Podcast 566-BobDavisRadioShow-50

Podcast 566-BobDavisRadioShow-50. October final State By State Poll roundup. Podcast 566-BobDavisRadioShow-50 covers the hysteria around polling these days and what to watch for in the final two weeks of campaigning. Charlatans abound in the political world. Almost everyone telling you one candidate, or the other, is going to win has a hidden agenda. Some want to make themselves famous. Some are shilling for a candidate. Ignorance on what political research actually is has now commingled with Trump’s claims the polls and thus the election are rigged. My response to a subscriber email about push polls is typical. Someone, somewhere talked about push polls so now everyone thinks the polls are push polls. Or, the John Podesta email suggesting internal polling over same democrats has everyone convinced all the pollsters are in the tank for Clinton. Sigh. The polls used on Real Clear Politics, and the polls I use for Podcast 566-BobDavisRadioShow-50 are polls taken by media organizations or university political science departments. A push poll is a poll designed to ‘push’ a respondent into voting one way or another. Usually there is very little polling data collected in so called Push Polls. Are the polls right? A good poll isn’t right or wrong, it is reliable. Listen to this show and you’ll know more about polling than anyone on your block. Listen to the other podcasts about polling I have done and you’ll understand more about what is going on. First, it is not a popular vote that elects the President of the United States. The US Election is an electoral affair so all the action is in the state by state polls. You can aggregate these polls. You can average these polls. However, you cannot aggregate and average them and place a probability on whether one or the other candidate will win. All the poll averaging does is give you a birds eye view of the battlefield. The must win electoral states change election cycle to election cycle. No predictions will be made here. I will give you a truthful and honest analysis of where the mainline campaigns stand on the eve of election day, 2016. Sponsored by Hydrus Performance, Ryan Plumbing and X Government Cars.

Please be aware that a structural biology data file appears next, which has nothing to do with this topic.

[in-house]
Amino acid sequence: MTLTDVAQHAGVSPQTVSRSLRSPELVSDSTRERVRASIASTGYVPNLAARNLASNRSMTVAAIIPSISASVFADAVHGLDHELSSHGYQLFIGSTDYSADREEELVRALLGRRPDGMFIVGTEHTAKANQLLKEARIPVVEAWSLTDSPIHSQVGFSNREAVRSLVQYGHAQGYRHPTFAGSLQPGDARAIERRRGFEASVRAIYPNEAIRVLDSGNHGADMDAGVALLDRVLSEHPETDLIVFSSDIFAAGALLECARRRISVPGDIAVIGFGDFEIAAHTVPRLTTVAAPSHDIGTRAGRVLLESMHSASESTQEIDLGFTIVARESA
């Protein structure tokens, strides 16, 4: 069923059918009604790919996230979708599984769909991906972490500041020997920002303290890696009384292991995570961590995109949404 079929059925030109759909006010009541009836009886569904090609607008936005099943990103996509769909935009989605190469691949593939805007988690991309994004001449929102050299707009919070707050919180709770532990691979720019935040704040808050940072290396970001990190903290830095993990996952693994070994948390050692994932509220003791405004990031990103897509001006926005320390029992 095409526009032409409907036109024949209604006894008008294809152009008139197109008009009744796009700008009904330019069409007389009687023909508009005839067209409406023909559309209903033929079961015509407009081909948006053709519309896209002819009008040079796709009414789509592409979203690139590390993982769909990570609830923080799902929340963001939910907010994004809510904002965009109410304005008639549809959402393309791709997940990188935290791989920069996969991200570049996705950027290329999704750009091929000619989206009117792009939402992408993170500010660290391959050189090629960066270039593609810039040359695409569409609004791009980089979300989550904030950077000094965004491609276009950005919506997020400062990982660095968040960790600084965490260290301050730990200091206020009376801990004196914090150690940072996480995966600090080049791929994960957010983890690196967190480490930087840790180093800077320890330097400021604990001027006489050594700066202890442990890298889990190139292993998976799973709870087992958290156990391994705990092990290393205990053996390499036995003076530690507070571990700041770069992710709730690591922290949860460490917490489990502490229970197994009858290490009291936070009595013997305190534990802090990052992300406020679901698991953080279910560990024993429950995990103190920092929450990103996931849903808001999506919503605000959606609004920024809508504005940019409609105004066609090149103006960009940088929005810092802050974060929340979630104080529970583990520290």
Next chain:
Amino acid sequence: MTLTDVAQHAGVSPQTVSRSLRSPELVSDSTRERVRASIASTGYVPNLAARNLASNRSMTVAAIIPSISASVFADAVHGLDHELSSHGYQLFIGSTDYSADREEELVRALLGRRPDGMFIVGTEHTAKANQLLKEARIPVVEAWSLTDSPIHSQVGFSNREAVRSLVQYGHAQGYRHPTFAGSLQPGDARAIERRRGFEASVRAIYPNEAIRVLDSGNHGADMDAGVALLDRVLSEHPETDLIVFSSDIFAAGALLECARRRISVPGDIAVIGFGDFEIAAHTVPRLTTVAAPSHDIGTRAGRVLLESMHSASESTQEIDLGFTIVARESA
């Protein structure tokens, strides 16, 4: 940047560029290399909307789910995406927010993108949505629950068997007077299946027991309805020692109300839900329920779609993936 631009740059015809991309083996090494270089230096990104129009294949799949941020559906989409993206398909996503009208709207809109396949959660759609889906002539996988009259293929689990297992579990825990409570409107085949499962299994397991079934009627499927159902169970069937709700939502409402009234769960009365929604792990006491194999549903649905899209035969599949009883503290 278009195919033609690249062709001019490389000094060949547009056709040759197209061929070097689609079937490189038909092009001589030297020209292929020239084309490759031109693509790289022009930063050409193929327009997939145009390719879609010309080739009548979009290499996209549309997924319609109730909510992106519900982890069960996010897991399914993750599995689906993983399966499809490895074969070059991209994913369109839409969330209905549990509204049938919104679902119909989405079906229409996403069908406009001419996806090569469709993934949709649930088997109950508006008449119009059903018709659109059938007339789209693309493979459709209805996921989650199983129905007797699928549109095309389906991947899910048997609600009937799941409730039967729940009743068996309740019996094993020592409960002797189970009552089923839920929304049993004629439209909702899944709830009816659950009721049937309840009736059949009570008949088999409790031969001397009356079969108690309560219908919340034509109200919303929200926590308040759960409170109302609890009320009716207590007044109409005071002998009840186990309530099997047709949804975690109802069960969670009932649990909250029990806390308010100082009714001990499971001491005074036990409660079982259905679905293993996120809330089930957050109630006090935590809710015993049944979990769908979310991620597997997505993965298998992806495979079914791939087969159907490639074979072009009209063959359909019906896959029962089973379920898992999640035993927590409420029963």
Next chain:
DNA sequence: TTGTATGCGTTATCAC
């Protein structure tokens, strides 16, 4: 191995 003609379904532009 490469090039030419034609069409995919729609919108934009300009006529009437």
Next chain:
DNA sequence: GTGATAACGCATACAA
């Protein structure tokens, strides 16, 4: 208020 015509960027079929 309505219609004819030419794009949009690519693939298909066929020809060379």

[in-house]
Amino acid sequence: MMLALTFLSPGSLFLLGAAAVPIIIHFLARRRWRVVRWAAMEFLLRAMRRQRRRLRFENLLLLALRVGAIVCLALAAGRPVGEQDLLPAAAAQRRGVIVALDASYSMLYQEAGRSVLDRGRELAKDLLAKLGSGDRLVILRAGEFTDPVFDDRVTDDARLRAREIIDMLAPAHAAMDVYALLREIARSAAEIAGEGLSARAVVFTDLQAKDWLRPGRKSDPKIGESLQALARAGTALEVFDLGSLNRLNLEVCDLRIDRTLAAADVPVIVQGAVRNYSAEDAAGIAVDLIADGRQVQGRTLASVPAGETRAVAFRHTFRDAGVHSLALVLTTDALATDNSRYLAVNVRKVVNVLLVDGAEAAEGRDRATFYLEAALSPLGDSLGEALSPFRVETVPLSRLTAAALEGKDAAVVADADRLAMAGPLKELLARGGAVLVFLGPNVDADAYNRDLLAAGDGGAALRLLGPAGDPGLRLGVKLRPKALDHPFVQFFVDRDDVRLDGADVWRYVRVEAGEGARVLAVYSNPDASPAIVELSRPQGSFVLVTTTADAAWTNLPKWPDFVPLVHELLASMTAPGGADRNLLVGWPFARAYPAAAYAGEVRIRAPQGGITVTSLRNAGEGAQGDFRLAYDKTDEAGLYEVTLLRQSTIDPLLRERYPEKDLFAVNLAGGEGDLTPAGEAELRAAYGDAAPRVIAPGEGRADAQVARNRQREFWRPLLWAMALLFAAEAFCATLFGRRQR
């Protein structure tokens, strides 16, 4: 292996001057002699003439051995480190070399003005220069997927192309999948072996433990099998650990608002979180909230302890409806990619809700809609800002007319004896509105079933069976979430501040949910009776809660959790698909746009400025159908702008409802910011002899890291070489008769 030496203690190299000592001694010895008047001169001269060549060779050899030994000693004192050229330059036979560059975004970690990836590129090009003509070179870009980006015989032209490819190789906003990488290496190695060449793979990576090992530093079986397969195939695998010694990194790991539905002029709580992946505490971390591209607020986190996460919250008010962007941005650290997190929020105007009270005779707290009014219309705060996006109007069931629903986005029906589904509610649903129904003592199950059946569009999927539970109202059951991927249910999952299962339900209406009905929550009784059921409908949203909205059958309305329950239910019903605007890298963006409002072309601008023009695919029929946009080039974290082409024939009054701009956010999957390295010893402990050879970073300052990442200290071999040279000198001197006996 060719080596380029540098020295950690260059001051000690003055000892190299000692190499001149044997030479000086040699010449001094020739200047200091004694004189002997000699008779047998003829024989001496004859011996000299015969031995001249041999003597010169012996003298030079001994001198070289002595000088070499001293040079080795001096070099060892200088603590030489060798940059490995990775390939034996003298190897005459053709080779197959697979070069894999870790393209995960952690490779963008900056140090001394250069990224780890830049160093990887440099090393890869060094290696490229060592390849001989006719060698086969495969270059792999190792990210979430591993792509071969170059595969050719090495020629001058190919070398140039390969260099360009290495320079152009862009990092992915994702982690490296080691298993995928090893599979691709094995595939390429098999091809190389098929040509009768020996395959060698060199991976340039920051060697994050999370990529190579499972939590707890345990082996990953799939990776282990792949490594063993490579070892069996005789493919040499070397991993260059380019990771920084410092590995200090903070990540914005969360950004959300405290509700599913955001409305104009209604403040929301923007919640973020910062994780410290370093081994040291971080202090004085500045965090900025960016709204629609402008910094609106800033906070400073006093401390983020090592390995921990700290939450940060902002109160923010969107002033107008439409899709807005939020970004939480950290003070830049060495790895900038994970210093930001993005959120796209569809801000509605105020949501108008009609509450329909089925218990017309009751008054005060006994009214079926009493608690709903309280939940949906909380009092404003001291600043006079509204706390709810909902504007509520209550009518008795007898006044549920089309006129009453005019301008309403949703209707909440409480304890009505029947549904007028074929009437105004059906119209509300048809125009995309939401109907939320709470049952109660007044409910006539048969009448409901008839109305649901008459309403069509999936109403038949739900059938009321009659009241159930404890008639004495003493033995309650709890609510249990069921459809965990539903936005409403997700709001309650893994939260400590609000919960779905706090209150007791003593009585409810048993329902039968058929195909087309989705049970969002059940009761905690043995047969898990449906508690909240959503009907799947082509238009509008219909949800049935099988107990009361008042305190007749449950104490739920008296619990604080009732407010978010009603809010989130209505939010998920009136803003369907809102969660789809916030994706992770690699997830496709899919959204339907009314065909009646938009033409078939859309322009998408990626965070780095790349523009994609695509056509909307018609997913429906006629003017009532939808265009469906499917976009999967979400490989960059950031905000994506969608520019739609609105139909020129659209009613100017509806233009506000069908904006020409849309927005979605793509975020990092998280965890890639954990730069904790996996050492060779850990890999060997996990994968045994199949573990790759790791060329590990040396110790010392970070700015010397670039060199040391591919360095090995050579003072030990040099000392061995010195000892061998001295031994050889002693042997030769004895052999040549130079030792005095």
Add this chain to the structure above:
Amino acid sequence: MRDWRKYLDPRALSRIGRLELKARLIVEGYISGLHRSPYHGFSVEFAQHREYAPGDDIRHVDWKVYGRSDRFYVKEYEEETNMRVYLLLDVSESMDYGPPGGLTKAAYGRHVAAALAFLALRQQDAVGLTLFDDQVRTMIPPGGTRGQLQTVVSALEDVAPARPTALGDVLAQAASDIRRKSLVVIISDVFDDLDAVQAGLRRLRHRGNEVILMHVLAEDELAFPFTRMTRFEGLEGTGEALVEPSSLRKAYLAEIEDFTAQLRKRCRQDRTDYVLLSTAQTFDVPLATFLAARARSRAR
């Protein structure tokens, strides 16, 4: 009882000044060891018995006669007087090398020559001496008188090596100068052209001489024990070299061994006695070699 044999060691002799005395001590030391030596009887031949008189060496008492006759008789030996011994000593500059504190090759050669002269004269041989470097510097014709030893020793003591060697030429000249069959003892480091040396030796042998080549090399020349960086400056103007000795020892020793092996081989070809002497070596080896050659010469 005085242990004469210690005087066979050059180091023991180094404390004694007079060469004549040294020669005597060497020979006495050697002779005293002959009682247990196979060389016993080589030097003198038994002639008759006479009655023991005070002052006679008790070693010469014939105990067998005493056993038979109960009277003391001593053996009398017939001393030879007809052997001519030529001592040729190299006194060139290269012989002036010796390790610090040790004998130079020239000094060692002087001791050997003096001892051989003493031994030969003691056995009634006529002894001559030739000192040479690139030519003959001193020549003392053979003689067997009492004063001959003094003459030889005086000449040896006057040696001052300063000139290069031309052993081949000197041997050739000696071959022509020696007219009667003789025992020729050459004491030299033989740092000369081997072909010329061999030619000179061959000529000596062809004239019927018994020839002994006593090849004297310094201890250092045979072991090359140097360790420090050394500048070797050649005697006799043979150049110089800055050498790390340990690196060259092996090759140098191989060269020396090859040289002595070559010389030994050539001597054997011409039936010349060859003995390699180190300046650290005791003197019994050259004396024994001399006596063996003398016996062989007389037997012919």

Podcast 554-Latest Election State By State Polls